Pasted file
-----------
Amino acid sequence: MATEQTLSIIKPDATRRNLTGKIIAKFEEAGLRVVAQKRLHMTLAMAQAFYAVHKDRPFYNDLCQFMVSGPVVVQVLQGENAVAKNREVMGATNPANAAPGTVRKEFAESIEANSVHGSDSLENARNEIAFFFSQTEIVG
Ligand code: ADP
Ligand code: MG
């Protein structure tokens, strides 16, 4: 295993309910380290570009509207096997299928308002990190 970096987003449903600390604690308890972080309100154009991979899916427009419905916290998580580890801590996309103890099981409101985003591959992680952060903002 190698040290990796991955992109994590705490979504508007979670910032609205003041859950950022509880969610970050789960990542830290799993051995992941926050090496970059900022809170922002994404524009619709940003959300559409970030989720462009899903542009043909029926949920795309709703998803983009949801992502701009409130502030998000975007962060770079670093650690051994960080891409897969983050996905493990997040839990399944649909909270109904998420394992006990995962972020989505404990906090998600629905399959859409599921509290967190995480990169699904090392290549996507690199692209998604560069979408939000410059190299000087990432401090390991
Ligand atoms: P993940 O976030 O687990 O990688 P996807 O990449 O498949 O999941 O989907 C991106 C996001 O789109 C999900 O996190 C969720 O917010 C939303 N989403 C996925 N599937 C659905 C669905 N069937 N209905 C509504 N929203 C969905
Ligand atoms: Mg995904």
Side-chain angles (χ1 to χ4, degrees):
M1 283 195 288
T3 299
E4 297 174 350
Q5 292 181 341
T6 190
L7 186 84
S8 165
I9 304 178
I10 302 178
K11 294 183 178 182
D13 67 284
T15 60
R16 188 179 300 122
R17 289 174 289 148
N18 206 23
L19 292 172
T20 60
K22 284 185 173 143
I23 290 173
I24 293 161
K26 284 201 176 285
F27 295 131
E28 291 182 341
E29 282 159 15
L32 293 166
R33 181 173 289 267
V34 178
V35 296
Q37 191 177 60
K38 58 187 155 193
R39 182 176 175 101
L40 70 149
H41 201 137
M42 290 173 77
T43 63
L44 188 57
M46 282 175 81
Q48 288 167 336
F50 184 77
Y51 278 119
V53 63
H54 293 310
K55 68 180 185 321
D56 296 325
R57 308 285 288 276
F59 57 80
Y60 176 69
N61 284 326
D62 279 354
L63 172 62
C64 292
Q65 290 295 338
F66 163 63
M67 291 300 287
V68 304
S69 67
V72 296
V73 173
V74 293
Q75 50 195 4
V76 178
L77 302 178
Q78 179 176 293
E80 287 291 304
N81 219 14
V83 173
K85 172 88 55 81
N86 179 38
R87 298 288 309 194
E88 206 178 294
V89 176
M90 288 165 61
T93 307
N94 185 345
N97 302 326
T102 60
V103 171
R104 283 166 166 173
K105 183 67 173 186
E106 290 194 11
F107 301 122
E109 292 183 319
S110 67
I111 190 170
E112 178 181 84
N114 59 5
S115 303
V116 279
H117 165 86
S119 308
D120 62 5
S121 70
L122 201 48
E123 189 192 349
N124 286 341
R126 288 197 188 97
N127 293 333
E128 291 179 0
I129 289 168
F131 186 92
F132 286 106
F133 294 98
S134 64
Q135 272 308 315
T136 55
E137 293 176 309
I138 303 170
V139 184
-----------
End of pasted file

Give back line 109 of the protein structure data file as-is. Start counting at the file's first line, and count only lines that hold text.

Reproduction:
F133 294 98